Road trips are fun, but it can be exhausting moving hotels every night, packing and unpacking. For a change of pace, make Anchorage your base camp for exploring Alaska.
So many of the top things to do in Alaska are just a day trip from the Municipality of Anchorage. Pick a downtown hotel to serve as your base and prepare for an adventure each day of your visit. Come back in the evening and enjoy the local restaurants just a short walk from your hotel.
Thank you to Visit Anchorage for hosting me on a press trip to learn about this destination. I stayed at the Marriott Anchorage Downtown, and it was an easy walk to the Alaska Railroad Depot and local tour companies.
Hiking Along The Seward Highway National Scenic Byway
The Seward Highway to Portage is the perfect route to enjoy breathtaking scenery and wonderful hiking no matter your fitness level. There are also stops along this route where those who are less mobile can still enjoy this trip. Print the Chugach State Park Brochure (PDF), which has more detailed information.
When stopping, check to see if it is a day use area that requires a parking fee.
McHugh Creek Recreation Area
The McHugh Creek Recreation Area at milepost 111 is a day use area with a $5 parking fee. There is a crashing 20-foot waterfall just a short walk from the parking lot. It can be a quick stop to just enjoy the waterfall, or you can hike the McHugh Trail, which is 6.4 miles out and back with 1,500 feet in elevation gain. It was challenging but worth the views.
Potter Marsh at the Anchorage Coastal Wildlife Refuge provides one of the most accessible places in Alaska to see wildlife. When you step out onto the boardwalk you will have incredible views of Turnagain Arm on one side and the Chugach Mountains on the other side. I could have stayed here all day. Just such a peaceful stop. More than 1,500 feet of boardwalk allow easy access over the marsh, where you can view hundreds of ducks, geese, and trumpeter swans. In the streams below, look for schools of salmon. In the distance, you may spot a black or brown bear, bald eagles, and even a moose.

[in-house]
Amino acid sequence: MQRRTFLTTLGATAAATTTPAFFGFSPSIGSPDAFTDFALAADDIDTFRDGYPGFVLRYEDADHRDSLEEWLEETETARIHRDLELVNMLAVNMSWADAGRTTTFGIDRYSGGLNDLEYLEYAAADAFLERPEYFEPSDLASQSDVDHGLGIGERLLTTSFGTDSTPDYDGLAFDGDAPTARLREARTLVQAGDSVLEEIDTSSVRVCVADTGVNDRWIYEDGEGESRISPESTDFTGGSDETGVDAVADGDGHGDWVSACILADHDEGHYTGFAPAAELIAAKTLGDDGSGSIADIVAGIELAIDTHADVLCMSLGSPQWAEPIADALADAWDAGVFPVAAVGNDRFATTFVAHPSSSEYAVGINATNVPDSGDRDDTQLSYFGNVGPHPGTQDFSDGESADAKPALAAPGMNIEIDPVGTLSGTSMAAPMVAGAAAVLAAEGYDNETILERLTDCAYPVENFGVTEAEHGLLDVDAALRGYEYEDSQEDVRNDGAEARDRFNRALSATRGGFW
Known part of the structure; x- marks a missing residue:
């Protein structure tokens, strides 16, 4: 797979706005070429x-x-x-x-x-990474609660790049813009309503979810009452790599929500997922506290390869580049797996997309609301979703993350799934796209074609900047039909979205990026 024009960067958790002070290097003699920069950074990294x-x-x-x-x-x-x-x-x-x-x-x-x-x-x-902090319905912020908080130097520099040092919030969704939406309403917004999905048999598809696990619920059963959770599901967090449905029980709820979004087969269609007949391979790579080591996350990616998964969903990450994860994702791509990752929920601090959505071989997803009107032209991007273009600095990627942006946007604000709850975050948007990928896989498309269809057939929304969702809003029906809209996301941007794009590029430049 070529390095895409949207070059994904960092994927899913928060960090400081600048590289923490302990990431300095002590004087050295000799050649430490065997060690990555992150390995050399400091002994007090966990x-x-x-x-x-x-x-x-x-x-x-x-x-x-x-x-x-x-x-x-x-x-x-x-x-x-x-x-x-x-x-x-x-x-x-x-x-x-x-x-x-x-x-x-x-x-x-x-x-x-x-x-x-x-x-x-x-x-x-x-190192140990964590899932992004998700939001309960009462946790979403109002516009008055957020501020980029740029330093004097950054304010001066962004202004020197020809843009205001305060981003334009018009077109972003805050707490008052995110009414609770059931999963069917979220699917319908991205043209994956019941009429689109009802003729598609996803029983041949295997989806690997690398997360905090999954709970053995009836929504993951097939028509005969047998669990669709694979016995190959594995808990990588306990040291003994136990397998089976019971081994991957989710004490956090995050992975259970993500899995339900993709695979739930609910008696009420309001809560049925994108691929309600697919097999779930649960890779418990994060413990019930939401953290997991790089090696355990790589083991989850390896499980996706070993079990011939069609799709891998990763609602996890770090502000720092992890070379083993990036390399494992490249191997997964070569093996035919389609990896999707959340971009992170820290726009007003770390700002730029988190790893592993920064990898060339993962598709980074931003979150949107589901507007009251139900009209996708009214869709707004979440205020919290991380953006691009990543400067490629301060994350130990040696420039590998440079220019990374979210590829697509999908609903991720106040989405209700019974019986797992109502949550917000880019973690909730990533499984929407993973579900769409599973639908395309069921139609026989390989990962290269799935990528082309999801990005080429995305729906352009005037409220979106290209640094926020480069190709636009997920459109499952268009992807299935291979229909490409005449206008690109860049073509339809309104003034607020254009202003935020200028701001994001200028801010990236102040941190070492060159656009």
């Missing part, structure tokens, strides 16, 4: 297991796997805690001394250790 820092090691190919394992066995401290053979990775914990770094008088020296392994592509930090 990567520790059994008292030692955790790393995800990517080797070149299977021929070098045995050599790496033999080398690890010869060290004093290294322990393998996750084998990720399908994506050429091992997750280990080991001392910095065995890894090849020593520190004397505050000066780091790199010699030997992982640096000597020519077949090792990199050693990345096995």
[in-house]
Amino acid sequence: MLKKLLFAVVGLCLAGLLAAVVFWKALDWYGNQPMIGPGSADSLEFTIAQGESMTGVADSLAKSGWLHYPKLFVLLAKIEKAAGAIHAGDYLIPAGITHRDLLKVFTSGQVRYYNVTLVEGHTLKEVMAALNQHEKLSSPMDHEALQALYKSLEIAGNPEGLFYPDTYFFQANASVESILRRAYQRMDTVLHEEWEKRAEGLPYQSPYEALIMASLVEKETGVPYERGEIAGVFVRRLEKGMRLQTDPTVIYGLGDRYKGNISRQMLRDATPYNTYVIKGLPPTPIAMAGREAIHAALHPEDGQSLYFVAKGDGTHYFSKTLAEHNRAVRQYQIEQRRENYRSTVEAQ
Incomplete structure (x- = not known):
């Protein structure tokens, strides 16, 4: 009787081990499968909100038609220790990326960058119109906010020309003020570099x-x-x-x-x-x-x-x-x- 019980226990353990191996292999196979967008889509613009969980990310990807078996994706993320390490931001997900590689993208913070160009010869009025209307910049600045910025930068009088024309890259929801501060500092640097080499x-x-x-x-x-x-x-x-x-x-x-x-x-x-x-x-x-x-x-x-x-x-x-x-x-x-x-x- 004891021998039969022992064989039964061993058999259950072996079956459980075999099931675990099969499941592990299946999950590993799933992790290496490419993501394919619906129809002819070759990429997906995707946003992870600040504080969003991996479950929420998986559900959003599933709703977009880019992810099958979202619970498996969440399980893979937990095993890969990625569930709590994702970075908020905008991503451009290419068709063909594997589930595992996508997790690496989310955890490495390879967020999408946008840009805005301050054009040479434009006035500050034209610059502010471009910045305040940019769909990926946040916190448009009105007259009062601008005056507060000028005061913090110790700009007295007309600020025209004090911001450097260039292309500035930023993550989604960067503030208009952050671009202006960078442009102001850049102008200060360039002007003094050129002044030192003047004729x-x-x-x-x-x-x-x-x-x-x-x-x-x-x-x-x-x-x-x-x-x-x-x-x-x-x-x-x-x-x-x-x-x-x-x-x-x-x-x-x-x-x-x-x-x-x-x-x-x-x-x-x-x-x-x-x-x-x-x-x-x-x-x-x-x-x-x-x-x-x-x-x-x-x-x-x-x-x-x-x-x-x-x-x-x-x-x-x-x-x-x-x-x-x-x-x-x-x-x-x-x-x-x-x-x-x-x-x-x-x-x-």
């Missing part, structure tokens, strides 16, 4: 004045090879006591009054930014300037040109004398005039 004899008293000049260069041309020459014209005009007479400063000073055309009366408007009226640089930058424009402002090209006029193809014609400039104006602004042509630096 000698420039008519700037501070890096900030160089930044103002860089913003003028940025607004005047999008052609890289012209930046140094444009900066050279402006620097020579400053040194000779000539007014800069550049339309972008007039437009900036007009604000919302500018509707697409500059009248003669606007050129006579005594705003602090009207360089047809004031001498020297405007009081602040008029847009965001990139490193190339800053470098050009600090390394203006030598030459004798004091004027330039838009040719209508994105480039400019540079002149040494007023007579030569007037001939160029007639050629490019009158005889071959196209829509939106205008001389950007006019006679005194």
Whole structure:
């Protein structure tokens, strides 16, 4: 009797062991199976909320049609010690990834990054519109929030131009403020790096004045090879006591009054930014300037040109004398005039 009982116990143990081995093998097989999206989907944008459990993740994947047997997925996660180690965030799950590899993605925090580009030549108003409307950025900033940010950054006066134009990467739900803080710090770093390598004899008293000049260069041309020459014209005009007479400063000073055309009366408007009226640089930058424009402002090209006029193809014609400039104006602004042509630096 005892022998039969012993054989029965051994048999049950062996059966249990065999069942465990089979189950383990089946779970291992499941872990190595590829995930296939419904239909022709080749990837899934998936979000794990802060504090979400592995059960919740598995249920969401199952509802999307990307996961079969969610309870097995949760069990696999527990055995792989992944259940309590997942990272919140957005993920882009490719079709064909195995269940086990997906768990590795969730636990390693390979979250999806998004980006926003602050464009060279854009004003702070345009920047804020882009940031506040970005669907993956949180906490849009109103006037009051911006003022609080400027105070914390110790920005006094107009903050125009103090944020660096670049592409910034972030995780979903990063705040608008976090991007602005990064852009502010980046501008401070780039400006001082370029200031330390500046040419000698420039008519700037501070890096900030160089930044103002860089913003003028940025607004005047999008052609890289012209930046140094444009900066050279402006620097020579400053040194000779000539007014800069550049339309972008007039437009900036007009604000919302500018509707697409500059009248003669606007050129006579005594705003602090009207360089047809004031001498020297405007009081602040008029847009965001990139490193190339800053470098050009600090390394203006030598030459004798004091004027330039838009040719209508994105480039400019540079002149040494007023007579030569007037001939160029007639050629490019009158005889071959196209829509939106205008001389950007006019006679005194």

Bird Point Scenic Overlook
The Bird Point Scenic Overlook is one of the best areas to experience the scenic beauty of the Turnagain Arm as well as the Chugach and Kenai Mountains. From the parking lot, you can access the Girdwood to Indian Bike Path, known colloquially as the Bird to Gird trail. The paved trail is 13.3 miles one way and parallels the Seward Highway. The overlook is accessible, and Beluga whales are often seen a few hours before high tide during the salmon and hooligan runs.
I am an obsessive reader and always read the interpretive signs. The signs at Bird Point are very informative, so take the time to check them out. If you time it right, you may even get to see the bore tide, which is a wavelike tidal flow back into Turnagain Arm.
Pro Tip: Stop at Windy Corner to see the Dall Sheep at Mile 106. You’ll know you are at the right spot when you see lots of parked cars and people looking towards the cliffs. The white sheep really stand out against the dark color of the craggy cliffs.
Alaska Wildlife Conservation Center
What an adventure exploring the Alaska Wildlife Conservation Center. On the 1.5-mile scenic loop, there are over 200 acres of animal enclosures. At one point, you can turn 360 degrees and see mountains everywhere you look. The animals, most of which were injured or orphaned and require year-round care, are kept in their natural habitats. You can walk, bike, or drive the loop.
On the day I visited the animals were very active. The two coastal bears, JB and Patron, put on quite the show, and I was able to see them from the boardwalk that goes through their enclosure.